Every once in a while you get a pleasant surprise exactly when you don't expect it. Last year, in an effort to concentrate more on developing a diploid breeding line with disease resistance, I collected a number of open pollinated seeds from 'Magic Wand' one of the well documented Moore breeders. It is one of the first generation of "Zee" hybrids; a "climbing" shrub with very small foliage and large panicles of tiny, deep pink blooms. Although 'Magic Wand' is a tall growing cultivar, it frequently breeds very dwarf offspring, regardless of the stature of the other parent. For me, it has potential value as a breeder because it is virtually indestructible in my climate, thriving with minimal care and resisting all three of the major fungal diseases without chemical assistance.
And so, I grew a population of open pollinated seed to see what traits it had to offer. Mostly, I expected to see a range of characteristics, both dominants and recessives, but I didn't expect to keep any of the seedlings. The one pictured here was most noteworthy, with its well-formed blooms, spotless foliage, dense, bushy growth habit and balanced scale of all plant parts (tiny). It didn't hurt that the blooms are remarkably sweet-scented for such tiny flowers. (Blooms do not exceed 0.5" in diameter) So, I'm keeping this feller. I've struck a few cuttings already and it roots in a matter of days (+- 8 days), which is even better.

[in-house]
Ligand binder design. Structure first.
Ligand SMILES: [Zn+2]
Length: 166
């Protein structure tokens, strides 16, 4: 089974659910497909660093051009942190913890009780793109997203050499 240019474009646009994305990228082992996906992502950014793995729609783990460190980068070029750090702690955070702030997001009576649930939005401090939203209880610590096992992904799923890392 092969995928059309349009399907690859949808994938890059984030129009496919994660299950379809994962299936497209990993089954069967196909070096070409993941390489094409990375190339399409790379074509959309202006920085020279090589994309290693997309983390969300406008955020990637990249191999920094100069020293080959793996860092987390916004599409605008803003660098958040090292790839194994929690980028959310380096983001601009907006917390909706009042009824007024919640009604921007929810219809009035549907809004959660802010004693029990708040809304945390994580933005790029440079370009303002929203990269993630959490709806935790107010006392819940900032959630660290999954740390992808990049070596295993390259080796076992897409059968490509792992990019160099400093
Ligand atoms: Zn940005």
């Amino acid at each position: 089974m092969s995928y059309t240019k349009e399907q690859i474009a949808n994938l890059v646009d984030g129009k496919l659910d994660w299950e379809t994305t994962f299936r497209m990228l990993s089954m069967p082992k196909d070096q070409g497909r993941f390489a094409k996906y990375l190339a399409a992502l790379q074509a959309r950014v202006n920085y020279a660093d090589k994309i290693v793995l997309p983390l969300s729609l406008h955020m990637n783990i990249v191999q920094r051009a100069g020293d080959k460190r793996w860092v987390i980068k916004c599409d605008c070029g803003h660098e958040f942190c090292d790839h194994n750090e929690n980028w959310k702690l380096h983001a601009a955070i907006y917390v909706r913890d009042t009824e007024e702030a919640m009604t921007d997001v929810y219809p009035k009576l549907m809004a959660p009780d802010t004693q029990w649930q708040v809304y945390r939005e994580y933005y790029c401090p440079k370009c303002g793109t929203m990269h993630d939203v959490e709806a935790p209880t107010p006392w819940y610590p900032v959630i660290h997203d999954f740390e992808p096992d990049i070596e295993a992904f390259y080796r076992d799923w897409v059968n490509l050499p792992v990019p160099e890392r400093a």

Funny, isn't it, how these little gifts turn up in a body of work in the places you don't expect them. The surprise factor is probably what I enjoy most about the work I do. I imagine a lot of hybridizers feel the same way. :-) Oh, and one more thing: I have given it a nickname for now; a reference to a rose it resembles: 'Si', by Pedro Dot. I'm calling it "Si Plus Plus". I wonder how many people will get that pun?